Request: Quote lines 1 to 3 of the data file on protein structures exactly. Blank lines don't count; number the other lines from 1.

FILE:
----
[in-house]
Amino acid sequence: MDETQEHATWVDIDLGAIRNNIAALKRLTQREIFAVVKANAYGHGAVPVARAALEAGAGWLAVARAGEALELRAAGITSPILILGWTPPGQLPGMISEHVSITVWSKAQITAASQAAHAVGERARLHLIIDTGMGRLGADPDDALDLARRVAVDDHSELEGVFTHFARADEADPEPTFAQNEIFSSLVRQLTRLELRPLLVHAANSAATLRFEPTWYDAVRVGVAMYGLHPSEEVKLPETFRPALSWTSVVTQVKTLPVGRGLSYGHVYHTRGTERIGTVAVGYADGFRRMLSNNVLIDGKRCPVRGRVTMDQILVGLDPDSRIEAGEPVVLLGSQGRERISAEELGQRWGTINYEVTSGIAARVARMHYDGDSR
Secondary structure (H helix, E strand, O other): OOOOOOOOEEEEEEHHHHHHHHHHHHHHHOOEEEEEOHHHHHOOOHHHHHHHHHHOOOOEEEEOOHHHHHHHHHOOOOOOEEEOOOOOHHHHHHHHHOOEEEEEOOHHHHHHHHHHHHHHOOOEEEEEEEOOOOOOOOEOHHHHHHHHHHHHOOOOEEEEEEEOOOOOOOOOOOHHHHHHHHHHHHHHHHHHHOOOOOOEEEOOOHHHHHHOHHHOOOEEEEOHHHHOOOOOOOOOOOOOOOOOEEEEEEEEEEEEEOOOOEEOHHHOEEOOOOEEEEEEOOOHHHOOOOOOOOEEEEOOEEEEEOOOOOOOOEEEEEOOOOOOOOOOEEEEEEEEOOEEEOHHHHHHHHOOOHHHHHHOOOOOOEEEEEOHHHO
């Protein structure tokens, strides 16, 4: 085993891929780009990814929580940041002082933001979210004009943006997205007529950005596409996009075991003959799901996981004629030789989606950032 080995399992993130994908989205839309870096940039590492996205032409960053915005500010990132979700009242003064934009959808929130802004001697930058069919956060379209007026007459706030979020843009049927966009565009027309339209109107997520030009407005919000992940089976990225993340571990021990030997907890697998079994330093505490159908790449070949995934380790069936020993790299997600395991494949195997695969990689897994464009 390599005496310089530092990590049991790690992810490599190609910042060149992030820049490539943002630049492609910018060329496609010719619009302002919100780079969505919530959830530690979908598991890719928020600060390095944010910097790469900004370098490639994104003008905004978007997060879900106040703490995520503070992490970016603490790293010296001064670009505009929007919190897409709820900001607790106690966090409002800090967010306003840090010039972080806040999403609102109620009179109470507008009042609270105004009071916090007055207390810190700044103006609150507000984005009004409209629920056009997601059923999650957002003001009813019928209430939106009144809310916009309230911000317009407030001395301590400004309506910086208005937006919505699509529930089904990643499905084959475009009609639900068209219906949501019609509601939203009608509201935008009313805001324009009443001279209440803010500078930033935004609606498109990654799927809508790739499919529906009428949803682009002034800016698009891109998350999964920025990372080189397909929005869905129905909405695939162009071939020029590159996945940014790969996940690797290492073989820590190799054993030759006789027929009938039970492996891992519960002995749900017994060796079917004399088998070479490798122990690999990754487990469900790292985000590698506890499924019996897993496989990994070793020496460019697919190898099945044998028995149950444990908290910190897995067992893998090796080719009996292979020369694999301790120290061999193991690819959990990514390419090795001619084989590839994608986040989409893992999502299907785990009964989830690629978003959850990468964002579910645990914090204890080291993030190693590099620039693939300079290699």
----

[in-house]
Amino acid sequence: MDETQEHATWVDIDLGAIRNNIAALKRLTQREIFAVVKANAYGHGAVPVARAALEAGAGWLAVARAGEALELRAAGITSPILILGWTPPGQLPGMISEHVSITVWSKAQITAASQAAHAVGERARLHLIIDTGMGRLGADPDDALDLARRVAVDDHSELEGVFTHFARADEADPEPTFAQNEIFSSLVRQLTRLELRPLLVHAANSAATLRFEPTWYDAVRVGVAMYGLHPSEEVKLPETFRPALSWTSVVTQVKTLPVGRGLSYGHVYHTRGTERIGTVAVGYADGFRRMLSNNVLIDGKRCPVRGRVTMDQILVGLDPDSRIEAGEPVVLLGSQGRERISAEELGQRWGTINYEVTSGIAARVARMHYDGDSR
Secondary structure (H helix, E strand, O other): OOOOOOOOEEEEEEHHHHHHHHHHHHHHHOOEEEEEOHHHHHOOOHHHHHHHHHHOOOOEEEEOOHHHHHHHHHOOOOOOEEEOOOOOHHHHHHHHHOOEEEEEOOHHHHHHHHHHHHHHOOOEEEEEEEOOOOOOOOEOHHHHHHHHHHHHOOOOEEEEEEEOOOOOOOOOOOHHHHHHHHHHHHHHHHHHHOOOOOOEEEOOOHHHHHHOHHHOOOEEEEOHHHHOOOOOOOOOOOOOOOOOEEEEEEEEEEEEEOOOOEEOHHHOEEOOOOEEEEEEOOOHHHOOOOOOOOEEEEOOEEEEEOOOOOOOOEEEEEOOOOOOOOOOEEEEEEEEOOEEEOHHHHHHHHOOOHHHHHHOOOOOOEEEEEOHHHO